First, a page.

Life Lessons in Needlework

Within every issue of PieceWork are lessons in history and needlework, but the September/October 2017 issue stands out to me because it also offers a beautiful perspective on life and perseverance. Susan Strawn, inspired by hand-embroidered mittens exhibited at the Wing Lake Museum of the Asian Pacific American Experience (the “Wing”) in Seattle’s Chinatown-International District, dove into the history behind the mittens and discovered much about their maker, her family, and their bravery in the face of adversity.

Seiichi and Shizuko Hara were Issei, or first-generation Japanese nationals. Their four children were Nisei, or second generation American-born citizens. On December 7, 1941, also known as the “Day of Infamy,” Japan bombed Pearl Harbor, the United States entered WWII, and the Hara family’s life took an unexpected turn.

Seiichi, Shizuko, and their three children (one daughter had died in her youth before the war) were sent to several relocation centers. Seiichi, the father, was separated from the rest of the family for some time, but in August 1942, the family was reunited at the Minidoka Relocation Center in Idaho.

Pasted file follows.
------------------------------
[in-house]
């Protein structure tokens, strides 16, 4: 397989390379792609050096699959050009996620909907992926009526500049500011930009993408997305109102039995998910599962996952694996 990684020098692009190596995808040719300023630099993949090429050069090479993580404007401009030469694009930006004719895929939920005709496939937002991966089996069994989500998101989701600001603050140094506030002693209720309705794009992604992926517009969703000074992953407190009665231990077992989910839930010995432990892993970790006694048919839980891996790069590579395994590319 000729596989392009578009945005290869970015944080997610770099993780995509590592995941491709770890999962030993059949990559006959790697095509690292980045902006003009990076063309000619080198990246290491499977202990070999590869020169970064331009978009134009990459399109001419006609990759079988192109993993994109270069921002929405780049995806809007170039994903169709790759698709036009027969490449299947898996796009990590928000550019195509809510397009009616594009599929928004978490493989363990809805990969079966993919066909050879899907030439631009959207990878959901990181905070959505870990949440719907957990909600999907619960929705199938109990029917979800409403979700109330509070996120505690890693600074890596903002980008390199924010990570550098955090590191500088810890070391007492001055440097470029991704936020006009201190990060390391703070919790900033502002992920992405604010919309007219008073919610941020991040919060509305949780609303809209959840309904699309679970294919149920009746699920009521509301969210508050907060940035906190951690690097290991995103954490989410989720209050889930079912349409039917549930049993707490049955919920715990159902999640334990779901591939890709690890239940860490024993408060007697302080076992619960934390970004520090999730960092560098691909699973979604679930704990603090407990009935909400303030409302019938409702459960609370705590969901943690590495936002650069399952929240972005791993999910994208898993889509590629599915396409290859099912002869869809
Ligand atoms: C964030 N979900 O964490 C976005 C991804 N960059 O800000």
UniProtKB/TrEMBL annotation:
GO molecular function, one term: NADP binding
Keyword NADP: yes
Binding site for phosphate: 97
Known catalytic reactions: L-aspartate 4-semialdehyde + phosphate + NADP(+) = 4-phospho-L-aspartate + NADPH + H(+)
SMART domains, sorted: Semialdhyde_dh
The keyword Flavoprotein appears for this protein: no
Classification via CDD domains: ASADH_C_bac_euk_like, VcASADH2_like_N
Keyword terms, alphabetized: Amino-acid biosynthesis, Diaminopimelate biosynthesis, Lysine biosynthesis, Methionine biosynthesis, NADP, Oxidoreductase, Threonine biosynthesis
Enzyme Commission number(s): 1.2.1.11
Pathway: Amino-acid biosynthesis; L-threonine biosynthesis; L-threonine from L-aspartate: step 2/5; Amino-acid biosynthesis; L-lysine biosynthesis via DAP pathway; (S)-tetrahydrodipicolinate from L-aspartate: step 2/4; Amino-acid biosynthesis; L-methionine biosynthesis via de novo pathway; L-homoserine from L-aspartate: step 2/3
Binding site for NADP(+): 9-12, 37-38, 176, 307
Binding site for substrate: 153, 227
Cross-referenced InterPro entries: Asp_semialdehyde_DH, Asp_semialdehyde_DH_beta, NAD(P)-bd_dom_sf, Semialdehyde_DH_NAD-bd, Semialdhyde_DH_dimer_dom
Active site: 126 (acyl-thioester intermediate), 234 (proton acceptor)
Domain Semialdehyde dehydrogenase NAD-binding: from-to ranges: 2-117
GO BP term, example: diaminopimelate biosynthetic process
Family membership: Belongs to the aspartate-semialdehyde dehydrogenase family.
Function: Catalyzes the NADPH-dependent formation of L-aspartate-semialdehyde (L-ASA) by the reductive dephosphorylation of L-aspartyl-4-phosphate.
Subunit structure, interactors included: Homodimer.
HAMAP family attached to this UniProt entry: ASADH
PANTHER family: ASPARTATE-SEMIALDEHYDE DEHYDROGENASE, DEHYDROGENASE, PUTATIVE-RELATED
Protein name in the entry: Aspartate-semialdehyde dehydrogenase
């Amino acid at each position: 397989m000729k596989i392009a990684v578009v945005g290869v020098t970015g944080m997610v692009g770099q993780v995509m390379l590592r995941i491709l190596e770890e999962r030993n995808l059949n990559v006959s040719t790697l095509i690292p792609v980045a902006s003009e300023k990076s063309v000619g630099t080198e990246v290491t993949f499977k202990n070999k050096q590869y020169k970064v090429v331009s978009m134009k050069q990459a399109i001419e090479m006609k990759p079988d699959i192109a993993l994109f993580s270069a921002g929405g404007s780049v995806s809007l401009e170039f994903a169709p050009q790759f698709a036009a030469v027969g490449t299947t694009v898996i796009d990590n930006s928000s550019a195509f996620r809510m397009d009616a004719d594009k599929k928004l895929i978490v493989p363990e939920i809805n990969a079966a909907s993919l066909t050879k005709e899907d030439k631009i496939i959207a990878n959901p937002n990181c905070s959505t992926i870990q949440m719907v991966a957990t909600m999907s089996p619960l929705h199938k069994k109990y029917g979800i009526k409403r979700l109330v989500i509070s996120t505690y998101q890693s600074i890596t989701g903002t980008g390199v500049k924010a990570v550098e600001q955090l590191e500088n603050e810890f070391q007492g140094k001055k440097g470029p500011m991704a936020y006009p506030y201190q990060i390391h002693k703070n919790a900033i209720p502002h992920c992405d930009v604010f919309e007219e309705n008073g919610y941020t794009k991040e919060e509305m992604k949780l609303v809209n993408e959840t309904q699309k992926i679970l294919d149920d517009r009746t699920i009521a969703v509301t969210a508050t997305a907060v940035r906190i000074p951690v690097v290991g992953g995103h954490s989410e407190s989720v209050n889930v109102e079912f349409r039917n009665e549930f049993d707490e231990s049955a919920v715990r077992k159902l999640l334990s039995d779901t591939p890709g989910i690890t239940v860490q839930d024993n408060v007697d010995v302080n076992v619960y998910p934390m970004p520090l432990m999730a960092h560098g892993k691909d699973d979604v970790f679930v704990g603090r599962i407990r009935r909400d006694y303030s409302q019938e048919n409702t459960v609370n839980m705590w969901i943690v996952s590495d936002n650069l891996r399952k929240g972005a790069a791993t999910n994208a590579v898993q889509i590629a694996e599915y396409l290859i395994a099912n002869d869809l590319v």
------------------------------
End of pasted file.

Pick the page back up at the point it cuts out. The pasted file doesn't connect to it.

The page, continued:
Needlework

Hand-embroidered army-issue mittens made in a Japanese internment camp during World War II inspired these handknitted and embroidered mittens by Susan Strawn. To see the original mittens, read the September/October 2017 issue of PieceWork. Photo by George Boe.

It was here that Shizuko embroidered floral designs into a pair of otherwise bland army-issue mittens for her daughter Amy Yoshi Hara. The Japanese internees held tight to their humanity in these detention centers, continuing participation in regular activities such as gardening, school, sports, and handcrafts. Embroidery in particular has long held a place in Japanese culture. It has been a means of expression in Japanese traditions throughout history. These mittens in their simple beauty show us how, even among barbed wire, barracks, and armed guards, the Japanese found a way to persevere through the circumstances with beauty and composure. It is representative of the concept of gaman, which means to endure the unbearable with dignity and patience. Not only does Susan Strawn’s article “Gaman: Embroidered Mittens from the Minidoka Relocation Center” give us a history lesson about Japanese Americans in WWII, but it also gives us a new appreciation of Japanese traditions and values.

To learn more about the Hara family and their journey, as well as other historically rich projects and stories, read PieceWork September/October 2017.

Happy reading,
Jenna

Featured Image: The Minidoka Relocation Center in Hunt, Idaho where the Hara family was taken in WWII. Photo by U.S. National Archives and Records Administration/Wikimedia.

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